Recommendation: That the committee present its final report to the Senate by 30 April 2012.

Themes in evidence

1.5        To date, the Committee has received 36 submissions to its first inquiry and 21 submissions to the current inquiry. In addition to the information gleaned from submissions, the committee is drawing on its own experience to identify issues for further consideration.

1.6        The major themes of interest to the committee, which it intends exploring further, are:

The committee's approach to its work

1.7        The committee's long-standing approach to its work is to adopt a highly technical approach to the scrutiny of bills and over the years the committee has articulated a wide range of scrutiny principles that have arisen under the principles encapsulated in Standing Order 24. The committee's approach usually involves focusing primarily on the technical scrutiny issues: the detail of the policy of any particular bill is relevant only to the extent that it provides context for each provision.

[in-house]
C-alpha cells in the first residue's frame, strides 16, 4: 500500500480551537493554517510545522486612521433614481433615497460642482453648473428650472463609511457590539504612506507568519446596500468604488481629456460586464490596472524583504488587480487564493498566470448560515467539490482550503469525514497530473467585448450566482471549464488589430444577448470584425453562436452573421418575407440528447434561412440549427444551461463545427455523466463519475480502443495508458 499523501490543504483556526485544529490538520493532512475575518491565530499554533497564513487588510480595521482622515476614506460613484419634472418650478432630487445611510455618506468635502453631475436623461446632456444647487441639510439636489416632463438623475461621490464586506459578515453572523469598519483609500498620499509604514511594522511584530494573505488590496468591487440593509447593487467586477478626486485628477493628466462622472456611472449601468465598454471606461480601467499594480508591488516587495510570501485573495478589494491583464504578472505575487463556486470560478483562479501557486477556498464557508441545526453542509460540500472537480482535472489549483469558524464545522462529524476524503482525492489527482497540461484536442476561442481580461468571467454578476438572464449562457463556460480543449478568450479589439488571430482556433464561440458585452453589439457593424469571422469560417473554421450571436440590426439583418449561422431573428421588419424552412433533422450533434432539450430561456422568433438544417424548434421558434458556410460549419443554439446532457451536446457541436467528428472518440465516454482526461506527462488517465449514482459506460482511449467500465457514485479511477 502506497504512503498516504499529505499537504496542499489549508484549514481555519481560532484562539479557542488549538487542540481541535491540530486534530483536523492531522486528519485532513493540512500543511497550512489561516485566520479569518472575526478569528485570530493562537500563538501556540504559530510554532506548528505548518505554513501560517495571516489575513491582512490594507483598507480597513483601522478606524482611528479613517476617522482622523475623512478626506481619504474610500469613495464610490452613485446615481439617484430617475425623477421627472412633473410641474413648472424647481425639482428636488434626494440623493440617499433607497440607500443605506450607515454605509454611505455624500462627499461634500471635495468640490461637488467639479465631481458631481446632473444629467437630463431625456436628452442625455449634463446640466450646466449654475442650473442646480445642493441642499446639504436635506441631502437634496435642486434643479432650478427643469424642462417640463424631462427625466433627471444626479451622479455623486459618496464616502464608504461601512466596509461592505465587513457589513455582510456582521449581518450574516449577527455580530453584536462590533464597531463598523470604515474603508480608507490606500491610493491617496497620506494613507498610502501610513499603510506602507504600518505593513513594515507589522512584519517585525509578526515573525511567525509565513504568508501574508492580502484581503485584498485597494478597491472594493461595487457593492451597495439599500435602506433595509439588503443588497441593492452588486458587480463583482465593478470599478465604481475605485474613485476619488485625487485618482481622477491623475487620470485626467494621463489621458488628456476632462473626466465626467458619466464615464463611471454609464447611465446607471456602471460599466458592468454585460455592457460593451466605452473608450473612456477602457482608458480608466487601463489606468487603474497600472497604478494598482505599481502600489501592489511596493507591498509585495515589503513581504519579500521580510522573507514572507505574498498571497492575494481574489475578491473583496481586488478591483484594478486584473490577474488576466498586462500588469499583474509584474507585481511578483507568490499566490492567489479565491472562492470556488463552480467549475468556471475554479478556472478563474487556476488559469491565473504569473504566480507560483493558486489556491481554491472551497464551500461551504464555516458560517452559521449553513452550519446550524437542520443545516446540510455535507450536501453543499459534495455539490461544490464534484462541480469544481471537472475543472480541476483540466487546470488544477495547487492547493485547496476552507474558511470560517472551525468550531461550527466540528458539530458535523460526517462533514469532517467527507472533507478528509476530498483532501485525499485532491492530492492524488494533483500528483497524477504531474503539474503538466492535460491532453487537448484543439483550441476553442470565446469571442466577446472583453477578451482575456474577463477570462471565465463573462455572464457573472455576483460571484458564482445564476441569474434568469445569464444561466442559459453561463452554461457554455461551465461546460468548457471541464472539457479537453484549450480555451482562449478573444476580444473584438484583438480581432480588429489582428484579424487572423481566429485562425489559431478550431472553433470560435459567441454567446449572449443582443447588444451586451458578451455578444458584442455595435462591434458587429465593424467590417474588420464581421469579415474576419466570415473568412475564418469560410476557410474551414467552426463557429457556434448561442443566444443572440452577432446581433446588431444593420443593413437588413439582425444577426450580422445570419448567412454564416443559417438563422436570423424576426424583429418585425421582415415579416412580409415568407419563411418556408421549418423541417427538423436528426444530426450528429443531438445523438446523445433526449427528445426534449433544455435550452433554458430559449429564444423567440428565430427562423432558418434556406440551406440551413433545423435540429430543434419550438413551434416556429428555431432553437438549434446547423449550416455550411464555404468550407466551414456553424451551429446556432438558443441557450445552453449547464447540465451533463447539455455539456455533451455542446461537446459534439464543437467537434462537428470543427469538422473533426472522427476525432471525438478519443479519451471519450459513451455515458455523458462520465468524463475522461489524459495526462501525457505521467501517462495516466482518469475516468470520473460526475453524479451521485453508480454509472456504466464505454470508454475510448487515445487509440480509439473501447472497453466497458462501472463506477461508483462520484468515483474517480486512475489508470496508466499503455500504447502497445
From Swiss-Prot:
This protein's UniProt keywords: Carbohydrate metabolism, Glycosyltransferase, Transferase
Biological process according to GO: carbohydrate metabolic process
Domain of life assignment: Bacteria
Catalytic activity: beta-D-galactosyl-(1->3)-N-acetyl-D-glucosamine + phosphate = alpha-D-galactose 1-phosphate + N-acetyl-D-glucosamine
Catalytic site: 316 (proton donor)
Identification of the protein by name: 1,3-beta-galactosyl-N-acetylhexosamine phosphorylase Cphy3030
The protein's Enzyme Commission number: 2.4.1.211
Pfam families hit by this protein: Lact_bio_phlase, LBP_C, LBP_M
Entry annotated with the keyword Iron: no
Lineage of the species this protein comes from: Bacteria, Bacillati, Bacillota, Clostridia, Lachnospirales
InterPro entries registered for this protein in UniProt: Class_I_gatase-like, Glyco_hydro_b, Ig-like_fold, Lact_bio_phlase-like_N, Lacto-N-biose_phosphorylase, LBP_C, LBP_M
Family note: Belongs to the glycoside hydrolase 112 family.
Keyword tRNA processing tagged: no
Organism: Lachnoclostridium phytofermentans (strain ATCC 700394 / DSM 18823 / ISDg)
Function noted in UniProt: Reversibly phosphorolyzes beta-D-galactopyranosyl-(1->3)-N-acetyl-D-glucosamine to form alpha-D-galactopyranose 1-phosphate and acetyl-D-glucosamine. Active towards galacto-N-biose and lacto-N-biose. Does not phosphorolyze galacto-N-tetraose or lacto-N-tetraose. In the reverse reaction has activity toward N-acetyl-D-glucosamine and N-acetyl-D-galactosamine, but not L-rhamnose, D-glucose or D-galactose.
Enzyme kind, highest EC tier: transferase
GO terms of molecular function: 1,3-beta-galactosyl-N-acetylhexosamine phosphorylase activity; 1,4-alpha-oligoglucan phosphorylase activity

1.8        An issue has been raised as to whether the committee should extend this 'traditional approach' so that it looks more closely at issues of policy as relevant to undertaking the work outlined in Standing Order 24 and whether the committee should offer a stronger view about potentially unsuitable provisions.

1.9        The committee agrees that it is relevant to consider its approach to its work; the scope of Standing Order 24 in this respect; and the issue of whether to extend its 'traditional approach' of focusing purely on technical scrutiny to include some policy consideration. In doing so, issues of relevance include:

1.10      The issue of the committee's approach to its work will be explored in further detail in its final report.

Framework bills and national scheme legislation

1.11      The apparent increase in the number of framework bills and bills seeking to implement national schemes is also of interest to the committee as these type of bills frequently give rise to scrutiny issues of concern.

1.12      Framework bills are those that rely heavily on delegated legislation for the substantive policy content. The committee's position is that it prefers that important information is included in the primary legislation unless there is a principled reason for including it in delegated legislation. It seems to the committee that it could be useful to articulate guidelines to assist those involved with this type of approach to avoid potential scrutiny issues of concern, and the committee intends to consider this topic further.